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• Emman Sisnorio How do I solve if it is only exponents and variables? 11 months ago
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• Definitions A perfect square is the square of a natural number. 1, 4, 9, 16, 25, and 36 are the first six perfect squares. A perfect cube is the cube of a natural number. 1, 8, 27, 64, 125, and 216 are the first six perfect cubes.
• Perfect Powers A quick way to determine if a radicand x n is a perfect power for an index is to determine if the exponent n is divisible by the index of the radical. Example : Since the exponent, 20, is divisible by the index, 5, x 20 is a perfect fifth power. This idea can be expanded to perfect powers of a variable for any radicand. The radicand x n is a perfect power when n is a multiple of the index of the radicand.
• Product Rule for Radicals Examples:
• If the radicand contains a coefficient other than 1, write it as a product of the two numbers, one of which is the largest perfect power for the index.
• Write each variable factor as a product of two factors, one of which is the largest perfect power of the variable for the index.
• Use the product rule to write the radical expression as a product of radicals. Place all the perfect powers under the same radical.
• Simplify the radical containing the perfect powers.
To Simplify Radicals Using the Product Rule
• Product Rule for Radicals Examples: *When the radical is simplified, the radicand does not have a variable with an exponent greater than or equal to the index.
• Quotient Rule for Radicals More Examples:
• Combine like radicals (if there are any).
• CAUTION! The product rule does not apply to addition or subtraction! 
• Multiplying Radicals Multiply: Use the FOIL method. Notice that the inner and outer terms cancel.
• Rationalizing Denominators Examples : To Rationalize a Denominator Multiply both the numerator and the denominator of the fraction by a radical that will result in the radicand in the denominator becoming a perfect power. Cannot be simplified further.
• Conjugates When the denominator of a rational expression is a binomial that contains a radical, the denominator is rationalized. This is done by using the conjugate of the denominator. The conjugate of a binomial is a binomial having the same two terms with the sign of the second term changed. The conjugate of The conjugate of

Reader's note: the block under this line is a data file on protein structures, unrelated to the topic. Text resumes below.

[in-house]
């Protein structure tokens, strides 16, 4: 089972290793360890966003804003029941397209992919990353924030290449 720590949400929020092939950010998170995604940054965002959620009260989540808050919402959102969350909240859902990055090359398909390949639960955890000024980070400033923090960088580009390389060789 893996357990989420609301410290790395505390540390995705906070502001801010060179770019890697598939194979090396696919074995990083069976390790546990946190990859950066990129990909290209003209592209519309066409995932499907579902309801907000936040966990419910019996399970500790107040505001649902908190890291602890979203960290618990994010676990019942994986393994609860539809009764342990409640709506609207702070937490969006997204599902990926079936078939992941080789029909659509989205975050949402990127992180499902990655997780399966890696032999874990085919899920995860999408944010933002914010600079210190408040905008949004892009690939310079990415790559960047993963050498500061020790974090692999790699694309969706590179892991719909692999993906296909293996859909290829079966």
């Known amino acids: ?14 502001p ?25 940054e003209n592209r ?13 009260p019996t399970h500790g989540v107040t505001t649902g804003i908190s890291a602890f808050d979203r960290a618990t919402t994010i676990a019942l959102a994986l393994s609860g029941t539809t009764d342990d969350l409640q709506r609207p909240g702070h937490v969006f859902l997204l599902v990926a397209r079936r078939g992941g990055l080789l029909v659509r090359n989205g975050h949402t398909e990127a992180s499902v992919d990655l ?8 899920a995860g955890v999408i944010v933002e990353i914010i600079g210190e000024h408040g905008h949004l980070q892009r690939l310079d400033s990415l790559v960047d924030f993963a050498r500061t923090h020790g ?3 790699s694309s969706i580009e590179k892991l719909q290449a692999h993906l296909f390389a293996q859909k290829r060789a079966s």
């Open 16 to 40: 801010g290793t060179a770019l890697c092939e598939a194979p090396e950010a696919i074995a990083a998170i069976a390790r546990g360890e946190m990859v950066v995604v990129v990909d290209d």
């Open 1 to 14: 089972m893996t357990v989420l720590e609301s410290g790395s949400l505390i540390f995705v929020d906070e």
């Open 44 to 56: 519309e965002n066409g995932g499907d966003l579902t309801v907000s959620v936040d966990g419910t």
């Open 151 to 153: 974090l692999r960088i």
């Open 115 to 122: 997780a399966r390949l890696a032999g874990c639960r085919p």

• Simplifying Radicals Simplify by rationalizing the denominator:
• Simplifying Radicals A Radical Expression is Simplified When the Following Are All True
• No perfect powers are factors of the radicand and all exponents in the radicand are less than the index.
• No radicand contains a fraction.
• No denominator contains a radical.
• Rational Exponents
• Changing a Radical Expression A radical expression can be written using exponents by using the following procedure: When a is nonnegative, n can be any index. When a is negative, n must be odd.
• Changing a Radical Expression Exponential expressions can be converted to radical expressions by reversing the procedure. When a is nonnegative, n can be any index. When a is negative, n must be odd.
• Simplifying Radical Expressions This rule can be expanded so that radicals of the form can be written as exponential expressions. For any nonnegative number a , and integers m and n, Power Index
• Rules of Exponents The rules of exponents from Section 5.1 also apply when the exponents are rational numbers . For all real numbers a and b and all rational numbers m and n , Product rule: a m • a n = a m + n Quotient rule: Negative exponent rule:
• Rules of Exponents For all real numbers a and b and all rational numbers m and n , Zero exponent rule: a 0 = 1, a  0 Raising a power to a power: Raising a product to a power : Raising a quotient to a power :
• Rules of Exponents Examples : 1.) Simplify x -1/2 x -2/5 . 2.) Simplify ( y -4/5 ) 1/3 . 3.) Multiply –3 a -4/9 (2 a 1/9 – a 2 ).
• Factoring Expressions Examples : 1.) Factor x 1/4 – x 5/4 . x 1/4 – x 5/4 = x 1/4 (1 – x 5/4-(1/4) ) The smallest of the two exponents is 1/4 . Original exponent Exponent factored out = x 1/4 (1 – x 4/4 ) = 2.) Factor x -1/2 + x 1/2 . x -1/2 + x 1/2 = x -1/2 (1– x 1/2 - (-1/2) ) = x -1/2 (1– x ) = Original exponent Exponent factored out The smallest of the two exponents is - 1/2 . x 1/4 (1 – x )